Love Child led learning – Old MacDonald sensory bin 

Following a child’s lead…As you can see I had set up a lovely little sensory bin this morning for the little man. He is very into animal sounds at the moment and constantly points out animals in books and picks up toys to make sounds. He is also on constant repeat singing his version on old macdonald. So I made this modest little sensory bin with his farm.


Needless to say the farm went out the window very quickly, as he went and got some bowls out of the cupboard to fill and empty rather than play with the animals. So I followed his lead and did some filling and emptying. I then added a funnel and a jug to practice pouring, which he absolutely loved! 


Second child lead learning of the day was the Hoover. Needless to say having a lentils sensory bin down stairs in your open plan house was asking for a large amount of cleaning up. Whilst he was deeply involved in the sensory bin I decided to have a quick Hoover up of the rug that was now full of lentils. He stopped and watched and suddenly made the revelation of what a hoover does! He watched me Hoover the mass amount of lentils, ran back to the sensory bin, grabbed a hand full of lentils and threw them on the floor in front of me as I hoovered and continued to watch in awe as I hoovered them up. He did this a few more times before he wanted to test this theory that the hoover will make anything in its path disappear. He tried balls and cars, obviously neither of which worked. So he went back to lentils. Thankfully he decided since it only hoovered up lentils it wasn’t that fun and went back to his sensory bin.

Sensory bins are a wonderful experience for children and there are probably thousands of ideas out there for them. You can shape them to a child’s interests and Schemas and also to current themes or planning in your settings. I had planned on writing a post about sensory bins today and sharing lots of ideas, I will do that another day, as today I wanted to show you that the magic of learning happens when you let children guide their own learning and your planning and play. You can extend their play through parallel play, sustained shared thinking or my adding a few more resources that fit the play they are immersing themselves in but please please please never stop a child and show them how you want them to play or what the activity ‘should be’! Be truly child centred and child led even in your adult led and planned provision, this is how the most learning will get done. Enjoy the rest of your Sunday.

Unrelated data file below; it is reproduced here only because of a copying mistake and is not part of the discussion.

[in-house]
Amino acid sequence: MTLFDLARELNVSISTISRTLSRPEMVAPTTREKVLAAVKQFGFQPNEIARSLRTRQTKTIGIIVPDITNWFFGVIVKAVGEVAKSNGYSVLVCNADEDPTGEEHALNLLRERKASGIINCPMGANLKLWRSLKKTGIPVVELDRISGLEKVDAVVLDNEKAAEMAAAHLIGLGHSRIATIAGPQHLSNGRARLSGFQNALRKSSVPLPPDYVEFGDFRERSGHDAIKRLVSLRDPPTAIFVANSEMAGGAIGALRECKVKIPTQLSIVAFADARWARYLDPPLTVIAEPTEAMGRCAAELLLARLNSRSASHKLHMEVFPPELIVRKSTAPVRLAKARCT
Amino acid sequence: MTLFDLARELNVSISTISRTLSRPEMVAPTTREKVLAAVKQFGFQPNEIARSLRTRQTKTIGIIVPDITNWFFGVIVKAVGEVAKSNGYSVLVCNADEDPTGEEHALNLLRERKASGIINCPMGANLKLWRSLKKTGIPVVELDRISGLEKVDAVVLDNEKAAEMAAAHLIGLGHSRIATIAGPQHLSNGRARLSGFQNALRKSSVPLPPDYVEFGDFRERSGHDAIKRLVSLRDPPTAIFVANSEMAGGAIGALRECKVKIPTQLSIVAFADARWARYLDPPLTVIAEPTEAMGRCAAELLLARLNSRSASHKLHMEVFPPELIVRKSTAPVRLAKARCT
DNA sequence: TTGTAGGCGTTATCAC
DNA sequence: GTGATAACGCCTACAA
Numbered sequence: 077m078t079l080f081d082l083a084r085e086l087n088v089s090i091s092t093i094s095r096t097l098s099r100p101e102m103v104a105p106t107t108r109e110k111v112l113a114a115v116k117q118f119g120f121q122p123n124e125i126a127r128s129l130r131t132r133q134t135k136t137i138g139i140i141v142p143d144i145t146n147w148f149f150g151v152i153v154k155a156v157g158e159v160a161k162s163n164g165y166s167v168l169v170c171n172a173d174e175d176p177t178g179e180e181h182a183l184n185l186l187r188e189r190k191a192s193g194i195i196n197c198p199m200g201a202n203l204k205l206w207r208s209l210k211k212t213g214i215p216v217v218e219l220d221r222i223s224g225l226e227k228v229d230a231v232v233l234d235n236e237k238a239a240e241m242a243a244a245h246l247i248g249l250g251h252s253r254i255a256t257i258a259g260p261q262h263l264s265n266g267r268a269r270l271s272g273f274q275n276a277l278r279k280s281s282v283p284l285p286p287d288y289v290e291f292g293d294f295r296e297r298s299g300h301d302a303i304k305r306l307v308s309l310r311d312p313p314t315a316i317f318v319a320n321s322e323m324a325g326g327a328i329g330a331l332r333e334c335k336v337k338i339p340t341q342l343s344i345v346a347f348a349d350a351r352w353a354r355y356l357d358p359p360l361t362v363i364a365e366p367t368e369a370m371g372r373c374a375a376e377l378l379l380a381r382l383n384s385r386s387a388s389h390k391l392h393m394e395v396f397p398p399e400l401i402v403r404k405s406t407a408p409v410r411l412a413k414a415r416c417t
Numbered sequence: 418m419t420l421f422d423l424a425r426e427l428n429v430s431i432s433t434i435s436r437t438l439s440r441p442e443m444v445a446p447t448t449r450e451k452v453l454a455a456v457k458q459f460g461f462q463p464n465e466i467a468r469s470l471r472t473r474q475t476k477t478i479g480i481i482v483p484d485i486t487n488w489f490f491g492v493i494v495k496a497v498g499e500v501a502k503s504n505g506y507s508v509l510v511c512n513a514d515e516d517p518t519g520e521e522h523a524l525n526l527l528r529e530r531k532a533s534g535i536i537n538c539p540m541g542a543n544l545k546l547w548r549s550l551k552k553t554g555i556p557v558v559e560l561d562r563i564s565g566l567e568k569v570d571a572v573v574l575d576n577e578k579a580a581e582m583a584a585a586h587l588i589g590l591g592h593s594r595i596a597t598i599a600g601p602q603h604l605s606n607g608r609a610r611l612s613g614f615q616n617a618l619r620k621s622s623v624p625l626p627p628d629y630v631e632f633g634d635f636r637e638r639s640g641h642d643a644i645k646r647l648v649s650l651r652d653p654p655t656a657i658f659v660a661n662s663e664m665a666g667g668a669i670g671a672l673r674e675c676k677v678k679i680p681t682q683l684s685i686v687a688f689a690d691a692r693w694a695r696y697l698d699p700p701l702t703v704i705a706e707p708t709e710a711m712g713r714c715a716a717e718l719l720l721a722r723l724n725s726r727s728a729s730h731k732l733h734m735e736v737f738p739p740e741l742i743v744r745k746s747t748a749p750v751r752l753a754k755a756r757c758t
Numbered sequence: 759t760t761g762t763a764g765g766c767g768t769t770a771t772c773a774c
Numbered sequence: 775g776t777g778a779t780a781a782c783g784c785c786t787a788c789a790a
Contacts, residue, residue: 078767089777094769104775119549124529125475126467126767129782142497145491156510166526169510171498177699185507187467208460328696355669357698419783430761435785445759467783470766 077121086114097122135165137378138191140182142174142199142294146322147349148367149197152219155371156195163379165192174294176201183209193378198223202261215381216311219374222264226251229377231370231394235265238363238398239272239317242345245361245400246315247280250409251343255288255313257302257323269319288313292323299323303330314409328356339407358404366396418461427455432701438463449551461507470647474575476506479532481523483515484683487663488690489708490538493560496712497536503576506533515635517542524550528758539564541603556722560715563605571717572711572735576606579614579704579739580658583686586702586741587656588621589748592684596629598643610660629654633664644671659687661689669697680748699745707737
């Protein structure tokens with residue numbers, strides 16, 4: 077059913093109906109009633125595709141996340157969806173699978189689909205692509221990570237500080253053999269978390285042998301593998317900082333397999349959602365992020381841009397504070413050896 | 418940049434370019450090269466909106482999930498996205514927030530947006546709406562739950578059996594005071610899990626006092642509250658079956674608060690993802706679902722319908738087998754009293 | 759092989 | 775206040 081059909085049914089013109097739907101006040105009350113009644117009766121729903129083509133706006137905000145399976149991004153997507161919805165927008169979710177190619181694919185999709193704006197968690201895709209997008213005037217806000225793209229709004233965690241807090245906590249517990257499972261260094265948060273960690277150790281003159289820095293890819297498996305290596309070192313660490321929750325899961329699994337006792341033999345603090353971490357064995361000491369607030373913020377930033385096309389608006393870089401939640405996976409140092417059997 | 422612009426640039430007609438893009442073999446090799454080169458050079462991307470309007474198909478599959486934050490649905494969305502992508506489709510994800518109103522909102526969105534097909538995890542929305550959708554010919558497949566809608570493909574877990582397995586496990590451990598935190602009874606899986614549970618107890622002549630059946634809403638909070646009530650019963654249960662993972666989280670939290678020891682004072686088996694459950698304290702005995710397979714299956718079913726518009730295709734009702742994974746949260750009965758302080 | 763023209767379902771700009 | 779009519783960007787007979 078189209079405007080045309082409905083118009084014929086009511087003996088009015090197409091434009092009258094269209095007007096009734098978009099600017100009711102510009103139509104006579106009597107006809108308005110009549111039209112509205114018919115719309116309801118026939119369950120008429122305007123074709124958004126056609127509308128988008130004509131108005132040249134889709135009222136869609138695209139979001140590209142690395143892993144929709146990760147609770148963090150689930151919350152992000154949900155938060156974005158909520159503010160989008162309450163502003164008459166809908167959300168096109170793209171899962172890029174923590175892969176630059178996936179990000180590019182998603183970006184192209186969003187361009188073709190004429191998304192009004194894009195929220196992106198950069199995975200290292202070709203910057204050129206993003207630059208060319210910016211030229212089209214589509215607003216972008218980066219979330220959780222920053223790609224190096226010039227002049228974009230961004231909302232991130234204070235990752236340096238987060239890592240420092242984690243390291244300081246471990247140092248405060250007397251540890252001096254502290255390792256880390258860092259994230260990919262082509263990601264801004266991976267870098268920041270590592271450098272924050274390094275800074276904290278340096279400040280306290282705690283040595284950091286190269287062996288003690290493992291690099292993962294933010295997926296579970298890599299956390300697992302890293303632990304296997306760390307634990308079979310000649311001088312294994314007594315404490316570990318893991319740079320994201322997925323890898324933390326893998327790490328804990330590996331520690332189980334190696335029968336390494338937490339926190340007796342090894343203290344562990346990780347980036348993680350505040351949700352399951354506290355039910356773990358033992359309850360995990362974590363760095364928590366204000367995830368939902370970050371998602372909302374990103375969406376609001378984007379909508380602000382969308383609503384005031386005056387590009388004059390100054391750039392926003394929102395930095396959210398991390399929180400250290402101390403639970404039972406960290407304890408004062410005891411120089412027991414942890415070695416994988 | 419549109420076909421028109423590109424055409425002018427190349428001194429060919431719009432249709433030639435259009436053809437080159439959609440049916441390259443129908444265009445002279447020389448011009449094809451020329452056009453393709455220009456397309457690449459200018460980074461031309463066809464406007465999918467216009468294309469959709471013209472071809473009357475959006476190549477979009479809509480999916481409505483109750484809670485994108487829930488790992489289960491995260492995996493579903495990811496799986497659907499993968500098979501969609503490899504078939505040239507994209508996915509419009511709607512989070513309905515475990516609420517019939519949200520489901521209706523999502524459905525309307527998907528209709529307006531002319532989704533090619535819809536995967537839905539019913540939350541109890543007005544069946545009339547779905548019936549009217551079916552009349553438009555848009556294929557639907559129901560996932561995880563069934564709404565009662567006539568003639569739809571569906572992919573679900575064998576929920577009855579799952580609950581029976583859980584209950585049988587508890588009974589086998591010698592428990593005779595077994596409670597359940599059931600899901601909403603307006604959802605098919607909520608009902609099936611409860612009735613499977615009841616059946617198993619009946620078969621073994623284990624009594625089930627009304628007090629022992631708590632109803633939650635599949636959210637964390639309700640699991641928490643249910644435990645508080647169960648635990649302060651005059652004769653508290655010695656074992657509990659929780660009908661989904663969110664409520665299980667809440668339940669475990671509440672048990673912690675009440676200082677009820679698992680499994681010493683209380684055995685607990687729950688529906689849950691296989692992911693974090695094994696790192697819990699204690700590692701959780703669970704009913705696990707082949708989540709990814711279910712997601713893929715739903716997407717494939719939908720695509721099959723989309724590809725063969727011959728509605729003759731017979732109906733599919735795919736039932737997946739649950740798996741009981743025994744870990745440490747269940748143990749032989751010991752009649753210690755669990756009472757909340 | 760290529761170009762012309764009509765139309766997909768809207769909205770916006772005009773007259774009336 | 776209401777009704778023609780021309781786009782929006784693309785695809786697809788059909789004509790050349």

Love Early Education,

Love, Kylie x

Love Learning – Children educate themselves?

This is an extremely interesting article about children’s learning and play. I’m just reading article number 3 of this series.

https://www.psychologytoday.com/blog/freedom-learn/200807/children-educate-themselves-ii-we-all-know-s-true-little-kids

I am a great believer that you support children through an enabling environment and that they should lead the provision you put in place. I also believe you should never help a child do something that they can do themselves or they are trying to do themselves, obviously unless they are visibly distressed. This article links to the way in which children naturally learn. Enjoy.

Love Early Education,

Love, Kylie x 

Love Sharing – the power of imagination 

This is a fantastic example of the power imagination holds!

Support children’s imagination through sustained shared thinking. 

Here is a lovely little piece about jargon busting sustained shared thinking 

http://little-blossoms-childminding.blogspot.co.uk/2010/04/what-is-sustained-shared-thinking.html?m=1 

Love Early Education,

Love, Kylie x